Liz was watching him.  He could feel her eyes on the back of his neck even if he could not see them in the pitch blackness of the early morning, and he stopped moving, hair standing up as he wondered how greatly he might need to fear the imminent application of the rabbit stick.  It did not come.  Finally he moved, and she moved also, hides rustling around her as she slid from the bed and crouched beside the stove.  Her voice was soft in the darkness.

“Where are you going?”

He didn’t answer right away, breath still ragged from the agony of putting his weight on the feet, instead shuffling over to the water barrel and gripping its side with all his strength as he lowered himself to his knees on the floor, Muninn taking an opportunistic swipe at his hair and coming away with a good chunk of what was left; not much, and he wished the critter would find another target for a while.

“Nowhere much.  Just…getting some water.”

She lit a candle, said she could use some water, too—had wanted to point out to him somewhat indignantly that they had plenty of water sitting right there on the shelf by the bed where it could be easily accessed without a fellow blundering about the cabin in the dark and freezing himself half to death in the process, but had thought better of it—and sat down beside him where he had ended up, back against the water barrel, legs out straight and hands clenched into tight, white fists in his lap.  She didn’t like the way his hands were all drawn up towards the wrists, elbows pressed hard against his sides; it didn’t look entirely natural, somehow.  Feet were hurting him—whole body appeared to be hurting, actually, judging by the odd way he held himself, and she wondered what was troubling him, how serious it might prove to be; perhaps he was simply sore and stiff still from his climb, but somehow she knew that wasn’t the entire story, and the uncertainty of it worried her—but she could see he wasn’t about to admit it.

“Want some more willow stuff to go with the water?  To help your circulation…”

Silence, eyes closed and head back, appeared to require a lot of effort to lift it, and when he opened his eyes to look over at her, he seemed to be having trouble getting them to focus.  Blinked and shook his head, gulped a hasty mouthful of water and nearly choked getting it down.  “No need.  Did all it’s gonna do in the first twenty-four hours or so, and the feet…think that stuff must have helped.  Feet seem to be doing better.”

“Well, how about for…there’s nothing wrong with having a little more of it just to…”

Einar smiled, shook his head.  “Not my way, Lizzie.  Not doing things that way.”

“No.”  She understood.  Did not necessarily agree, but it was his decision, and not one in which she had any business interfering.  Unlike some of his other recent decisions.  She had insisted upon the logs, the second helping of broth; he could refuse the willow if he wanted to.  He was more than likely right about the feet, she knew.  The blood-thinning and clot-reducing properties of the willow had probably done as much good as they were capable of doing, within the day or so after the initial thawing of the feet.  In offering him more, she’d simply wanted to reduce his pain.  If he did not want the same…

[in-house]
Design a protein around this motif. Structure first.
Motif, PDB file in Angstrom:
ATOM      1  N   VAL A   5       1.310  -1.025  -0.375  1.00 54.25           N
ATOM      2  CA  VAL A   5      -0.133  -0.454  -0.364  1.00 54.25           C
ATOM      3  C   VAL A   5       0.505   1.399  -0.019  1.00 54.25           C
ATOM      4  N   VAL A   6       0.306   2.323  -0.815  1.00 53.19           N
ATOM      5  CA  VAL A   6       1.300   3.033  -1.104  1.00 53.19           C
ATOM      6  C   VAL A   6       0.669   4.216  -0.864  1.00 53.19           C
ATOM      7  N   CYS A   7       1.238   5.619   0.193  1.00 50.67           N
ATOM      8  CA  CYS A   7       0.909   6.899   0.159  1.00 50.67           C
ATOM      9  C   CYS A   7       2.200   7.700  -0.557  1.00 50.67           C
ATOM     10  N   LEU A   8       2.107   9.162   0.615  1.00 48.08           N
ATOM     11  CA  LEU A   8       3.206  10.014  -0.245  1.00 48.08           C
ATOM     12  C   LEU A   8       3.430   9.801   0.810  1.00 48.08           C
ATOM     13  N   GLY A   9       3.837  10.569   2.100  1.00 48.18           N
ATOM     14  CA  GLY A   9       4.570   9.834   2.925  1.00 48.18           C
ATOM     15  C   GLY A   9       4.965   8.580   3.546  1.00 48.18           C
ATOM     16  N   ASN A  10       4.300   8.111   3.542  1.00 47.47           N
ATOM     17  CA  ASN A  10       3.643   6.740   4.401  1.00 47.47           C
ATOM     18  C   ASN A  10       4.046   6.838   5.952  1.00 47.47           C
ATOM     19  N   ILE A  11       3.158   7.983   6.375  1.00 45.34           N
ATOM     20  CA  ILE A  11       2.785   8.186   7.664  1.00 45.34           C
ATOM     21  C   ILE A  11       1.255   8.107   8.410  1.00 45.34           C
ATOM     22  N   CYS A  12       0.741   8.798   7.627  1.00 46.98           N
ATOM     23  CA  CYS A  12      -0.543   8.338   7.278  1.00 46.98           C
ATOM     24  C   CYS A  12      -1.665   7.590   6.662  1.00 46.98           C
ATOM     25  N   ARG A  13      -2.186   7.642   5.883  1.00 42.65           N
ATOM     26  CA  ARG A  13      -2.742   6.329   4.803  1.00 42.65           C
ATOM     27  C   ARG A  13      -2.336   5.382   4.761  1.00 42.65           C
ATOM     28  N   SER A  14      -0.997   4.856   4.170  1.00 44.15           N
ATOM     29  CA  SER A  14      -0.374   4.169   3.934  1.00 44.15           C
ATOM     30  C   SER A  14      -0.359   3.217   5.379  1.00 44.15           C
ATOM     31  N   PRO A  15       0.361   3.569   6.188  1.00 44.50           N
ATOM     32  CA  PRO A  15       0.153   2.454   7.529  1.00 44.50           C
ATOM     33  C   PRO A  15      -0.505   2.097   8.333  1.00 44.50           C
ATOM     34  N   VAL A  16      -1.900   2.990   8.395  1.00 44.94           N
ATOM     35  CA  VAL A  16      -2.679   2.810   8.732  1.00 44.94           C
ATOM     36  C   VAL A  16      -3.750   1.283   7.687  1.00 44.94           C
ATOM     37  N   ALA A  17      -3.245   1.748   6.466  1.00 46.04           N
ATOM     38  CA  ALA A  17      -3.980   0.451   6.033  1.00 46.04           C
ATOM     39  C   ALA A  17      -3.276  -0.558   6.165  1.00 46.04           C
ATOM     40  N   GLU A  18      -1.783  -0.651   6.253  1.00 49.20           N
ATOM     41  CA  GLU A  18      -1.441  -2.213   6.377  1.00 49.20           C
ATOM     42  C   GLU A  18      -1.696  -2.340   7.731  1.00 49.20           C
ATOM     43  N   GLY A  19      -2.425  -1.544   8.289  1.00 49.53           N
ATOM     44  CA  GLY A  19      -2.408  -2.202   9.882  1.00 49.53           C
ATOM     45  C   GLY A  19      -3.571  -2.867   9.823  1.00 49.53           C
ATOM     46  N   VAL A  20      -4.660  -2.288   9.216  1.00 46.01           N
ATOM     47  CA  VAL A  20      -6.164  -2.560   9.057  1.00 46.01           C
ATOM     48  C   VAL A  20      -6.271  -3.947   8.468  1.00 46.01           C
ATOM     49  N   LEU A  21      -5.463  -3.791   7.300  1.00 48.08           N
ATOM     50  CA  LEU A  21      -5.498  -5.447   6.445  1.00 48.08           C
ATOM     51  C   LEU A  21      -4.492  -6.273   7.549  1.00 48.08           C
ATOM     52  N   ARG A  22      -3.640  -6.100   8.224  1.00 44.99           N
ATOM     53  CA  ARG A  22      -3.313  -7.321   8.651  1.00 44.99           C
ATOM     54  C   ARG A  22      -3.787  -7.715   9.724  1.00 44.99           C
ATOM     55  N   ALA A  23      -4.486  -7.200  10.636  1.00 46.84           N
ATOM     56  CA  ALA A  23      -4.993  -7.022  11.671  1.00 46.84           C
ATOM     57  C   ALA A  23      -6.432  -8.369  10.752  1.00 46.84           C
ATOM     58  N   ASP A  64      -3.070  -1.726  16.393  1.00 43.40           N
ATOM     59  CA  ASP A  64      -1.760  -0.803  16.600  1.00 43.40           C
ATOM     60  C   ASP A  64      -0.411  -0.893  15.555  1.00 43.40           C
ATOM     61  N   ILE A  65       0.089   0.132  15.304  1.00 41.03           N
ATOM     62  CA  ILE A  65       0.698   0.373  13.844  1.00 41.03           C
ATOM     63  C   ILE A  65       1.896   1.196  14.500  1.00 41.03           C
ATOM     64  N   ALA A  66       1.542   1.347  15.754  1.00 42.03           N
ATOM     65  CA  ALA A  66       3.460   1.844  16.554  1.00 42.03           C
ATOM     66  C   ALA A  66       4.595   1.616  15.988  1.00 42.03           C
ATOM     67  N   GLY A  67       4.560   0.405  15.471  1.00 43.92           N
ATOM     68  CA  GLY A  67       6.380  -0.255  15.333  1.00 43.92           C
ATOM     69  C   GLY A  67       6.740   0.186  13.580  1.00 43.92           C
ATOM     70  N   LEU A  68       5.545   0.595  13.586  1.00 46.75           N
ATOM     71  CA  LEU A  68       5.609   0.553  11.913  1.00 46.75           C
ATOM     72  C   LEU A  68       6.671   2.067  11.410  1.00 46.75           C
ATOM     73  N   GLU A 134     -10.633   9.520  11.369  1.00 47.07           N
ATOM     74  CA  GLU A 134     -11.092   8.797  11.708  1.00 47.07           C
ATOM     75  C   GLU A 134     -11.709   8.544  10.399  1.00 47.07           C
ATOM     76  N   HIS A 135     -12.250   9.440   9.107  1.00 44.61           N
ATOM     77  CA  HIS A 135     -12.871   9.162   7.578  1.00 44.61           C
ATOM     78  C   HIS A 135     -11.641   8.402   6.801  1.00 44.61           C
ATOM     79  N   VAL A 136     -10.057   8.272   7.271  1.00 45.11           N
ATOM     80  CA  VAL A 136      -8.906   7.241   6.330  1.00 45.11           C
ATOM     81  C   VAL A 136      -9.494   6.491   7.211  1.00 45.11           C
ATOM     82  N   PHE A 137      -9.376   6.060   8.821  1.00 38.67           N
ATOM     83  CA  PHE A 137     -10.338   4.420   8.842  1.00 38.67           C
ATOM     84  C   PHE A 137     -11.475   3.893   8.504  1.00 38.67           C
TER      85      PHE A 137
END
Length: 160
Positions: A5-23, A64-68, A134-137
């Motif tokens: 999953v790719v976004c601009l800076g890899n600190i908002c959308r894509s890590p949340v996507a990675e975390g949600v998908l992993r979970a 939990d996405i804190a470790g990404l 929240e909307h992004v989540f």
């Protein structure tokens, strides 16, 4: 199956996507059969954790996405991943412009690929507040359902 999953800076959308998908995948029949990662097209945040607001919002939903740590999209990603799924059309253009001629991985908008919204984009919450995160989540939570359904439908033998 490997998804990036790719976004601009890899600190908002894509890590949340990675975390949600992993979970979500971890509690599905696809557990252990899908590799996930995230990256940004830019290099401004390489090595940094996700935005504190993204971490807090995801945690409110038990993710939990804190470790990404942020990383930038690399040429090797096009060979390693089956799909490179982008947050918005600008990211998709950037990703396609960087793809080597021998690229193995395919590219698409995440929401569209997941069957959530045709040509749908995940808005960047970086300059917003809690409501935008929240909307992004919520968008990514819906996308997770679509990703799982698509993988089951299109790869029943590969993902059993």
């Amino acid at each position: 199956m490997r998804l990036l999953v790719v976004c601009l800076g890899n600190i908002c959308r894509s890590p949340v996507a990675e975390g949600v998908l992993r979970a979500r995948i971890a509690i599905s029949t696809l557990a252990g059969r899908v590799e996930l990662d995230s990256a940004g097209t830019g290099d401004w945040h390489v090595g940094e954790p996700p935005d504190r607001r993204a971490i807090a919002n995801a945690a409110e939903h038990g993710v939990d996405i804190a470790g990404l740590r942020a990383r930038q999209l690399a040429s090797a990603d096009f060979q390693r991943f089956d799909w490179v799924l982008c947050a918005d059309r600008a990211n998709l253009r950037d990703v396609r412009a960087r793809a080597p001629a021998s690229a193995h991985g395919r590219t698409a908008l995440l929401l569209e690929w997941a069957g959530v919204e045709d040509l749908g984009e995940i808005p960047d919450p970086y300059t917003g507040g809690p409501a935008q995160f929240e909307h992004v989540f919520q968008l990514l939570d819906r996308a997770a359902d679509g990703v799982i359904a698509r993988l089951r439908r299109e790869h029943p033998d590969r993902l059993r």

“Well, that’s up to you.  Breakfast is not.  I intend to see you eat a good portion of it just as soon as it’s ready, to be clear about things, and if you claim not to be able to eat due to the feet hurting…that’s when I just may have something more to say about the willow!  Either that, or do some talking with the rabbit stick.  Fair enough?”

Not really, so far as he was concerned--couldn’t help thinking that he would prefer the rabbit stick to more of the willow under the circumstances, figured if he refused the one he’d be pretty sure to meet with the other, and it was good to have a backup plan--but he certainly didn’t have the energy to challenge her just then, nodded and tried another sip of water.  Could barely get the stuff down without choking himself.  Stew was going to be a major challenge, but she didn’t need to know that, just yet.  Figured he might as well help her with the preparation, make himself useful around the place any way he could, and he crept over to the stove, began taking thin slices from the half frozen chunk of elk she’d set out to thaw.  Which reminded him.  He needed to get out and take inventory once more of the frozen meat that remained hung securely in trees outside the cabin, keep the two of them working to slice and dry it before temperatures warmed to the degree that spoilage became a concern.  Unlikely as it seemed after several nights of temperatures so far below zero, spring was indeed coming.

19 July, 2012

19 July 2012

No chapter today, but I will be back tomorrow with another.

Thank you all for reading, and for your words.

18 July, 2012

18 July 2012

Next thing Einar knew it was dark, entirely dark save the faint coal-glow on the wall opposite the stove, his feet hurt and he couldn’t find the coil of cordage he’d been trying so hard to finish.  Something definitely not right, bear hides weighing unusually heavy upon him and his eyes barely opening when he tried, feeling all sandy and slow in their sockets.  Needed water, that was pretty clear, remembered having a few sips of broth, urged upon him by Liz and all but poured down his throat when he’d professed his satisfaction with breathing the steam rising up off the stuff—foolish notion, would take you an awful long time to get an appreciable amount of water, doing it that way—but that had been hours ago, he was sure, and he needed more.   Tried to turn over, wanting to get himself over to the water barrel and satisfy his thirst before he managed to fall asleep again or simply to forget how badly he needed the thing, but he couldn’t seem to make any headway against whatever held him down.